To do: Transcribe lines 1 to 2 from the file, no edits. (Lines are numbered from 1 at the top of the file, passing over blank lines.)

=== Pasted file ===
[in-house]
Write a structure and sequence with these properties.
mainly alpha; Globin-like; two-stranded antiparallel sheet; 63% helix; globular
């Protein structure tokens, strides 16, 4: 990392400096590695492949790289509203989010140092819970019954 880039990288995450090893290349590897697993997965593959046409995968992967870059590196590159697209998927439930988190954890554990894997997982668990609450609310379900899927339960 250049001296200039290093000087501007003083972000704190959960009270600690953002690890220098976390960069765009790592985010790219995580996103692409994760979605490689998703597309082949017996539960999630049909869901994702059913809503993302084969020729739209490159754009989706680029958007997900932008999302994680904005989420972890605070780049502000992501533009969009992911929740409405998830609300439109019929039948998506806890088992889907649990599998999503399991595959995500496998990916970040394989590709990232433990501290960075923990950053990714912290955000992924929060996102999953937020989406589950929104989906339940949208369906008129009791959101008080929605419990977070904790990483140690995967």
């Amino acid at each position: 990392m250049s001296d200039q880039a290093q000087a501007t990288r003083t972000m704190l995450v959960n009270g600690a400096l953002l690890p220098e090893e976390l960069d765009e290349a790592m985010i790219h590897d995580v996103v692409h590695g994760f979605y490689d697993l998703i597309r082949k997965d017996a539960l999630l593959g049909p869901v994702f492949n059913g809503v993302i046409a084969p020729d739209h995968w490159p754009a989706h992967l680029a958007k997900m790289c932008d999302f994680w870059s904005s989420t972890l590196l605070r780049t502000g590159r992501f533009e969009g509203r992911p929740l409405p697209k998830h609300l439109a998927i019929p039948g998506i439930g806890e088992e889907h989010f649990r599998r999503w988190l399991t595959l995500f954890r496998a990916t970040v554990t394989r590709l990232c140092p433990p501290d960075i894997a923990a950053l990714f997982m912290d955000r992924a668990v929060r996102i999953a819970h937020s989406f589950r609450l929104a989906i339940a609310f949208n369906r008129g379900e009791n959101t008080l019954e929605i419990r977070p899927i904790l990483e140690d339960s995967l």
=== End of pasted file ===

[in-house]
Write a structure and sequence with these properties.